Synchronizing every node in the network including cache if available with the latest modifications to data is crucial for distributed data storages. This also can be described as the consistency. Ability of a system to function in the event of a partial failure can be named as fault tolerance. Even though the system continue to function, overall performance might get affected. Fault tolerance is mainly achieved by replication and check points. Main idea of replication is to access data in an absence of a node due to a failure from another node. Preserving stable state of the system in a stable storage is named as check pointing. In a case of failure system it is restored into its previous stable state which saves useful information.

6.3 Performance

Performance of a distributed system is mainly rely on communication latency and I/O latency. Different systems have implemented many techniques to improve aforementioned latency points in the favor of the performance of the system. In-memory cache mechanisms plays a major role in distributed data store’s performance which has been described next.

6.4 Caching

Distributed data stores and databases heavily rely on in memory cache data same like traditional concept of locale cache. In a distributed data store or a database cache may can span up to many servers which are remotely located. Main memory has become cheaper enabling caching a viable solution for gaining performance. TAO’s caching layer provides intermediary between client and databases providing good read performance [5].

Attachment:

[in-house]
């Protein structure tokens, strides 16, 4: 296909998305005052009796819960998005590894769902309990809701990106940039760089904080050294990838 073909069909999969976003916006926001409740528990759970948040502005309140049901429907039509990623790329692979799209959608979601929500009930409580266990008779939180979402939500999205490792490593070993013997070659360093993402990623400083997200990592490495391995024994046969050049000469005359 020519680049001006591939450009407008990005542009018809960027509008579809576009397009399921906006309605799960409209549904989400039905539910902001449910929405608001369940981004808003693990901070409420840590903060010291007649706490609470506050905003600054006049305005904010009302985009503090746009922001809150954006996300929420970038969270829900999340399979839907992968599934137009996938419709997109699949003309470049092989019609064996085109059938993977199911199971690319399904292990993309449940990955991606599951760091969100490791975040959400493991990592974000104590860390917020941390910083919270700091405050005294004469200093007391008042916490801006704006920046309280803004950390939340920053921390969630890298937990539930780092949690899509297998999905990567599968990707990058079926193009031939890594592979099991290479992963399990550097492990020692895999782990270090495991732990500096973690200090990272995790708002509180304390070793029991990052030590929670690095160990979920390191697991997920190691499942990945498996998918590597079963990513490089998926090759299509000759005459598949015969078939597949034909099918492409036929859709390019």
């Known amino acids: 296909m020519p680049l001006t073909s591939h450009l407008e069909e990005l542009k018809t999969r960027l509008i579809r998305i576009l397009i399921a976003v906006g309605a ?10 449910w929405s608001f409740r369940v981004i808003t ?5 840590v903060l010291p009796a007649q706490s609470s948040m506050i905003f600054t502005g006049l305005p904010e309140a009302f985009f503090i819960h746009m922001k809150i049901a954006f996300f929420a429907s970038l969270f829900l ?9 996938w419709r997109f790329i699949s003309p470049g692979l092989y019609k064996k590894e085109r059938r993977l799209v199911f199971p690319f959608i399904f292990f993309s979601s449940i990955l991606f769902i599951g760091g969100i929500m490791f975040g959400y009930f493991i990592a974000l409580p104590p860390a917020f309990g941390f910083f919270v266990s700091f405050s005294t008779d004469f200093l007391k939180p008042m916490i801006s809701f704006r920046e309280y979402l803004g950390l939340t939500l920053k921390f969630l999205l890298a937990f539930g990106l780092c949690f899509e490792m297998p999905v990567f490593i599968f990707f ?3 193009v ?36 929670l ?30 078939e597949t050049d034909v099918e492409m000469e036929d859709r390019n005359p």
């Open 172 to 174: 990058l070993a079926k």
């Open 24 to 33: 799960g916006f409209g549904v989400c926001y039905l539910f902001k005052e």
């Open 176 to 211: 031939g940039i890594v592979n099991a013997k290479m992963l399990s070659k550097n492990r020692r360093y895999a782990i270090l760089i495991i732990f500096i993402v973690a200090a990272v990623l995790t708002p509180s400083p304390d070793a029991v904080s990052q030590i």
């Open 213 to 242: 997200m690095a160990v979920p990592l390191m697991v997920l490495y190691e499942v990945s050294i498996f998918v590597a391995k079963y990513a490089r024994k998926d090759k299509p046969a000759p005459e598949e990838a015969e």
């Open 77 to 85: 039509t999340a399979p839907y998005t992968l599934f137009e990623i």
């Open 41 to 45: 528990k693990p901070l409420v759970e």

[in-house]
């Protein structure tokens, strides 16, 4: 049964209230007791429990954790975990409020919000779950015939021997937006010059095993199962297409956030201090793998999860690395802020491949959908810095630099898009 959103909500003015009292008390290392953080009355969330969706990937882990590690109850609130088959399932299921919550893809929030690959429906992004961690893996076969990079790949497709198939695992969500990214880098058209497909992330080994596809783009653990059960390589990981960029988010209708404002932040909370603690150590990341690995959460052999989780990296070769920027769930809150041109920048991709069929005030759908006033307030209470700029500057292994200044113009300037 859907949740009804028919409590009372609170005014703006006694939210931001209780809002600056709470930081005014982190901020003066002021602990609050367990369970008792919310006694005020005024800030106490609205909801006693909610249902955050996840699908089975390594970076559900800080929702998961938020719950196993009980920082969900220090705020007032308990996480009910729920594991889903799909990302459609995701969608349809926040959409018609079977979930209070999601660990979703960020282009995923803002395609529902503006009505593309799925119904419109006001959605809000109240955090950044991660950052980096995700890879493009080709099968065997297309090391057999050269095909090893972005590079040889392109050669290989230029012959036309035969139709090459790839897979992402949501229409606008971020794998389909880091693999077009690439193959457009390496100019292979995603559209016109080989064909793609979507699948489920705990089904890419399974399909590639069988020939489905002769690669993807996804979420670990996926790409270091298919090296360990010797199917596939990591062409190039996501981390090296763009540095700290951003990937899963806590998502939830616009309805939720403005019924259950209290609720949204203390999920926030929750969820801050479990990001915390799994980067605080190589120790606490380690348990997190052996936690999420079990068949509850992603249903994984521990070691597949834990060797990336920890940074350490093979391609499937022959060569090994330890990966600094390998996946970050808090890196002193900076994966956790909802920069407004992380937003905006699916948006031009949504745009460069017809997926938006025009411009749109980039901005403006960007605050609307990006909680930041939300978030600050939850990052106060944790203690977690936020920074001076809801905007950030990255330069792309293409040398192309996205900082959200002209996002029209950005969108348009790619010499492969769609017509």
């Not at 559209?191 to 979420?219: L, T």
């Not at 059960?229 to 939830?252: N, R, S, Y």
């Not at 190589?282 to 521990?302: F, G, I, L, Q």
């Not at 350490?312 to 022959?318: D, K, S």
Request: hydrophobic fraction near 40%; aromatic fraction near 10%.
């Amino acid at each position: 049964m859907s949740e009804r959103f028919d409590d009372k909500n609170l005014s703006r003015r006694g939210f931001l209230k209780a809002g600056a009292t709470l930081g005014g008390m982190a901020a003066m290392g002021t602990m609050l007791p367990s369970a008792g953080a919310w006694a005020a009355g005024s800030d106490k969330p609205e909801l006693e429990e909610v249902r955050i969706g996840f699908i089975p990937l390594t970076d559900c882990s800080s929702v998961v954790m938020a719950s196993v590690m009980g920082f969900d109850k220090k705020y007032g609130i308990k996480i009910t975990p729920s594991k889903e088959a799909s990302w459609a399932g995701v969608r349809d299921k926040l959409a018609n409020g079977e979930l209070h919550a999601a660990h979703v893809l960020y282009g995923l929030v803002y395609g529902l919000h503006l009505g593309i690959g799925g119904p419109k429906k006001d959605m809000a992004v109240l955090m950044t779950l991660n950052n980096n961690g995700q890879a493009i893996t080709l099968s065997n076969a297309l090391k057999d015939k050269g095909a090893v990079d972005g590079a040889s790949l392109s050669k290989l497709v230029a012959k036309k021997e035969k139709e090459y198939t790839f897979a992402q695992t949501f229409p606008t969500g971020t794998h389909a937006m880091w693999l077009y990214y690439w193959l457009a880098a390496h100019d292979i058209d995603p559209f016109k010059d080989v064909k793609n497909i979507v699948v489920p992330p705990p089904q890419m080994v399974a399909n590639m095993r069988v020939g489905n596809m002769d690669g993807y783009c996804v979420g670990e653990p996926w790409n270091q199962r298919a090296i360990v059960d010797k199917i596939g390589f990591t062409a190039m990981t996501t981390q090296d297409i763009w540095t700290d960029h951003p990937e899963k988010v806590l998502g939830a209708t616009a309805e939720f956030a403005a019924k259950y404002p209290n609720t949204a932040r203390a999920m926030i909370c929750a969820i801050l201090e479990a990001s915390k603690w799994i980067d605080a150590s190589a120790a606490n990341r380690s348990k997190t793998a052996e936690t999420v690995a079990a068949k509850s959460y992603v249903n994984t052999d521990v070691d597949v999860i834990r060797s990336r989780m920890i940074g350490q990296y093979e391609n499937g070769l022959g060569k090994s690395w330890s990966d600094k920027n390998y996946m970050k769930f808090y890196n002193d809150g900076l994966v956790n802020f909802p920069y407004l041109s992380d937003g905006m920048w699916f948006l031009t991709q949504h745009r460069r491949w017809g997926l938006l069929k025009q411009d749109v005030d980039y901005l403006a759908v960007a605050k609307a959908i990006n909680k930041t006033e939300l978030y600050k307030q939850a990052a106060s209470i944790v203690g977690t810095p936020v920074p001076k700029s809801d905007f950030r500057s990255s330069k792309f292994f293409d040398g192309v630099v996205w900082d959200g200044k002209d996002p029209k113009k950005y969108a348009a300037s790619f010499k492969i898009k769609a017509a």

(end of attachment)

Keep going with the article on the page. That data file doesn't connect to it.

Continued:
6.5 Workload Balancing

Workload balancing is another importance task carried out by distributed database systems. Load balancing is a way of distributing load units across multiple nodes based on a threshold value. By load balancing it is expected to make every node busy equally to finish the work approximately same time. It maximizes resource utilization with higher throughput. I also enable the extensibility and incremental growth.

7. Communication in distributed systems

A distributed system and a uniprocessor system can be differentiated mainly by the inter process communication. Uniprocessor systems mainly relies on shared memory when it comes to inter process communication. Example for that is producer-consumer problem. At the absence of shared memory distributed systems relies on message passing. No shared memory inter process communication happens in distributed systems.

7.1 Protocols in Communication